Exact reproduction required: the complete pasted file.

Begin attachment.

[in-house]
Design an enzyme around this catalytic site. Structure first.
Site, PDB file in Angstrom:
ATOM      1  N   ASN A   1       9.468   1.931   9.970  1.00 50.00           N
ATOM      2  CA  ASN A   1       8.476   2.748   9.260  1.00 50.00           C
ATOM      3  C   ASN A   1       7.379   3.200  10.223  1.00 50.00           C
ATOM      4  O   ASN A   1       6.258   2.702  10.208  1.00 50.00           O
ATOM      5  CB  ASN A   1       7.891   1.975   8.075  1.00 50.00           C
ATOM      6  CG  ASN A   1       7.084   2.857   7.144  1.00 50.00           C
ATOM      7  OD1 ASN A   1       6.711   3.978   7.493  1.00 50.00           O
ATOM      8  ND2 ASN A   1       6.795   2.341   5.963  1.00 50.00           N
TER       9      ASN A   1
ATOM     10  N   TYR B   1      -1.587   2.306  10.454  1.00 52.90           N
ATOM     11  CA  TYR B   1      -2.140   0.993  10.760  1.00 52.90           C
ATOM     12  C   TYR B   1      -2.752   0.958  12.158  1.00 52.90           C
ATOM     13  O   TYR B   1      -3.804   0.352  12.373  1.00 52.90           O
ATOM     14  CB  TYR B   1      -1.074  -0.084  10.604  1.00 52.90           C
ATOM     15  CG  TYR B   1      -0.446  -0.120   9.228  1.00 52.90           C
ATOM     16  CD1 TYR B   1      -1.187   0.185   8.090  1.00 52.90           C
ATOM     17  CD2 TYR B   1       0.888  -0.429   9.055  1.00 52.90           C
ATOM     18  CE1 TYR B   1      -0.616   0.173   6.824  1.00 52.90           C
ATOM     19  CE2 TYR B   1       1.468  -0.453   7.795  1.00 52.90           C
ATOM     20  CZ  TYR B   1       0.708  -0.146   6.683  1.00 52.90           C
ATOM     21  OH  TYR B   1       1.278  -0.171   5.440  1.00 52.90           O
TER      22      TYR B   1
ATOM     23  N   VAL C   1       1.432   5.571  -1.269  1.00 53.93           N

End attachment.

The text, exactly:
[in-house]
Design an enzyme around this catalytic site. Structure first.
Site, PDB file in Angstrom:
ATOM      1  N   ASN A   1       9.468   1.931   9.970  1.00 50.00           N
ATOM      2  CA  ASN A   1       8.476   2.748   9.260  1.00 50.00           C
ATOM      3  C   ASN A   1       7.379   3.200  10.223  1.00 50.00           C
ATOM      4  O   ASN A   1       6.258   2.702  10.208  1.00 50.00           O
ATOM      5  CB  ASN A   1       7.891   1.975   8.075  1.00 50.00           C
ATOM      6  CG  ASN A   1       7.084   2.857   7.144  1.00 50.00           C
ATOM      7  OD1 ASN A   1       6.711   3.978   7.493  1.00 50.00           O
ATOM      8  ND2 ASN A   1       6.795   2.341   5.963  1.00 50.00           N
TER       9      ASN A   1
ATOM     10  N   TYR B   1      -1.587   2.306  10.454  1.00 52.90           N
ATOM     11  CA  TYR B   1      -2.140   0.993  10.760  1.00 52.90           C
ATOM     12  C   TYR B   1      -2.752   0.958  12.158  1.00 52.90           C
ATOM     13  O   TYR B   1      -3.804   0.352  12.373  1.00 52.90           O
ATOM     14  CB  TYR B   1      -1.074  -0.084  10.604  1.00 52.90           C
ATOM     15  CG  TYR B   1      -0.446  -0.120   9.228  1.00 52.90           C
ATOM     16  CD1 TYR B   1      -1.187   0.185   8.090  1.00 52.90           C
ATOM     17  CD2 TYR B   1       0.888  -0.429   9.055  1.00 52.90           C
ATOM     18  CE1 TYR B   1      -0.616   0.173   6.824  1.00 52.90           C
ATOM     19  CE2 TYR B   1       1.468  -0.453   7.795  1.00 52.90           C
ATOM     20  CZ  TYR B   1       0.708  -0.146   6.683  1.00 52.90           C
ATOM     21  OH  TYR B   1       1.278  -0.171   5.440  1.00 52.90           O
TER      22      TYR B   1
ATOM     23  N   VAL C   1       1.432   5.571  -1.269  1.00 53.93           N